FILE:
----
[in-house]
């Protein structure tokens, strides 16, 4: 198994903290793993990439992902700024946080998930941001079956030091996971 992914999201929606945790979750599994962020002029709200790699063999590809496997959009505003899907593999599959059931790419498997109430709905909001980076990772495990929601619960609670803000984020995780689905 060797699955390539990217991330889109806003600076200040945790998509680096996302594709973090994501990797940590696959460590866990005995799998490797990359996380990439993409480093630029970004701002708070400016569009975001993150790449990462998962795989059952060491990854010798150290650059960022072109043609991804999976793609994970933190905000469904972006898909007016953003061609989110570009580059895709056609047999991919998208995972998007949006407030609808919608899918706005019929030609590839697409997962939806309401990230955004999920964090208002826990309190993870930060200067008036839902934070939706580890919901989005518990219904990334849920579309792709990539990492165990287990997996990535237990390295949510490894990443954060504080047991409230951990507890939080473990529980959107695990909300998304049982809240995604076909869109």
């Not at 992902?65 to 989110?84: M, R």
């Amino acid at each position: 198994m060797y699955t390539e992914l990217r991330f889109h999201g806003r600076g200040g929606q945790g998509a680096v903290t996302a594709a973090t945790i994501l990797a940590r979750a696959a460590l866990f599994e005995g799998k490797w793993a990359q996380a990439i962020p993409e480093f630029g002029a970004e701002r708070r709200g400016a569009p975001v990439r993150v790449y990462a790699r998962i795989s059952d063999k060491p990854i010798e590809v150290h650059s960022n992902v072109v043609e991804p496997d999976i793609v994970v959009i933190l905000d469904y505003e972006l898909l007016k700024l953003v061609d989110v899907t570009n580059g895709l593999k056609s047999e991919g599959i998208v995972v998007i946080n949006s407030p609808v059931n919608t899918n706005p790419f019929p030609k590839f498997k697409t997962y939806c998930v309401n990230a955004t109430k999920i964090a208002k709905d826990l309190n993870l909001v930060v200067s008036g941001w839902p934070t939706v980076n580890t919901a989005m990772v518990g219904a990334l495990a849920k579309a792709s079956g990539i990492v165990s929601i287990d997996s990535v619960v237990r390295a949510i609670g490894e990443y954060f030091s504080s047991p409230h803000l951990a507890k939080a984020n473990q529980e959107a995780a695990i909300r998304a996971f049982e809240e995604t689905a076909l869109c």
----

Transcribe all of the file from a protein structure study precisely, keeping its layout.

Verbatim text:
[in-house]
């Protein structure tokens, strides 16, 4: 198994903290793993990439992902700024946080998930941001079956030091996971 992914999201929606945790979750599994962020002029709200790699063999590809496997959009505003899907593999599959059931790419498997109430709905909001980076990772495990929601619960609670803000984020995780689905 060797699955390539990217991330889109806003600076200040945790998509680096996302594709973090994501990797940590696959460590866990005995799998490797990359996380990439993409480093630029970004701002708070400016569009975001993150790449990462998962795989059952060491990854010798150290650059960022072109043609991804999976793609994970933190905000469904972006898909007016953003061609989110570009580059895709056609047999991919998208995972998007949006407030609808919608899918706005019929030609590839697409997962939806309401990230955004999920964090208002826990309190993870930060200067008036839902934070939706580890919901989005518990219904990334849920579309792709990539990492165990287990997996990535237990390295949510490894990443954060504080047991409230951990507890939080473990529980959107695990909300998304049982809240995604076909869109």
């Not at 992902?65 to 989110?84: M, R």
């Amino acid at each position: 198994m060797y699955t390539e992914l990217r991330f889109h999201g806003r600076g200040g929606q945790g998509a680096v903290t996302a594709a973090t945790i994501l990797a940590r979750a696959a460590l866990f599994e005995g799998k490797w793993a990359q996380a990439i962020p993409e480093f630029g002029a970004e701002r708070r709200g400016a569009p975001v990439r993150v790449y990462a790699r998962i795989s059952d063999k060491p990854i010798e590809v150290h650059s960022n992902v072109v043609e991804p496997d999976i793609v994970v959009i933190l905000d469904y505003e972006l898909l007016k700024l953003v061609d989110v899907t570009n580059g895709l593999k056609s047999e991919g599959i998208v995972v998007i946080n949006s407030p609808v059931n919608t899918n706005p790419f019929p030609k590839f498997k697409t997962y939806c998930v309401n990230a955004t109430k999920i964090a208002k709905d826990l309190n993870l909001v930060v200067s008036g941001w839902p934070t939706v980076n580890t919901a989005m990772v518990g219904a990334l495990a849920k579309a792709s079956g990539i990492v165990s929601i287990d997996s990535v619960v237990r390295a949510i609670g490894e990443y954060f030091s504080s047991p409230h803000l951990a507890k939080a984020n473990q529980e959107a995780a695990i909300r998304a996971f049982e809240e995604t689905a076909l869109c």